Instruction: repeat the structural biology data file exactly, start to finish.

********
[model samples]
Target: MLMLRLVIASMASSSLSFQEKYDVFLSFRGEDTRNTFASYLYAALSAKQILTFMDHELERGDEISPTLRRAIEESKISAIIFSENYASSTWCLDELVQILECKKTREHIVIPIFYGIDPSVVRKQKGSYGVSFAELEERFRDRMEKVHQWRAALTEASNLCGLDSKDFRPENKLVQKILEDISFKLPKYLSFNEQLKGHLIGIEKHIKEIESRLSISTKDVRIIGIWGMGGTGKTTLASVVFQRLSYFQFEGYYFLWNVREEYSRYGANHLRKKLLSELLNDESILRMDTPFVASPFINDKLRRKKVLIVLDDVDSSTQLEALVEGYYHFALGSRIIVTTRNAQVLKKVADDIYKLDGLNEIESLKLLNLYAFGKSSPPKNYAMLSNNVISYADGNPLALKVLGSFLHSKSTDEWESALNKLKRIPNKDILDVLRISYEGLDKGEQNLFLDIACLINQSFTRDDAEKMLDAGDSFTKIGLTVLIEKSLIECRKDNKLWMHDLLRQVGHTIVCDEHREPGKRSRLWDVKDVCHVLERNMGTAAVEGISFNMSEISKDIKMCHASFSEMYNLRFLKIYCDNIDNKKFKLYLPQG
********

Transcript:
[model samples]
Target: MLMLRLVIASMASSSLSFQEKYDVFLSFRGEDTRNTFASYLYAALSAKQILTFMDHELERGDEISPTLRRAIEESKISAIIFSENYASSTWCLDELVQILECKKTREHIVIPIFYGIDPSVVRKQKGSYGVSFAELEERFRDRMEKVHQWRAALTEASNLCGLDSKDFRPENKLVQKILEDISFKLPKYLSFNEQLKGHLIGIEKHIKEIESRLSISTKDVRIIGIWGMGGTGKTTLASVVFQRLSYFQFEGYYFLWNVREEYSRYGANHLRKKLLSELLNDESILRMDTPFVASPFINDKLRRKKVLIVLDDVDSSTQLEALVEGYYHFALGSRIIVTTRNAQVLKKVADDIYKLDGLNEIESLKLLNLYAFGKSSPPKNYAMLSNNVISYADGNPLALKVLGSFLHSKSTDEWESALNKLKRIPNKDILDVLRISYEGLDKGEQNLFLDIACLINQSFTRDDAEKMLDAGDSFTKIGLTVLIEKSLIECRKDNKLWMHDLLRQVGHTIVCDEHREPGKRSRLWDVKDVCHVLERNMGTAAVEGISFNMSEISKDIKMCHASFSEMYNLRFLKIYCDNIDNKKFKLYLPQG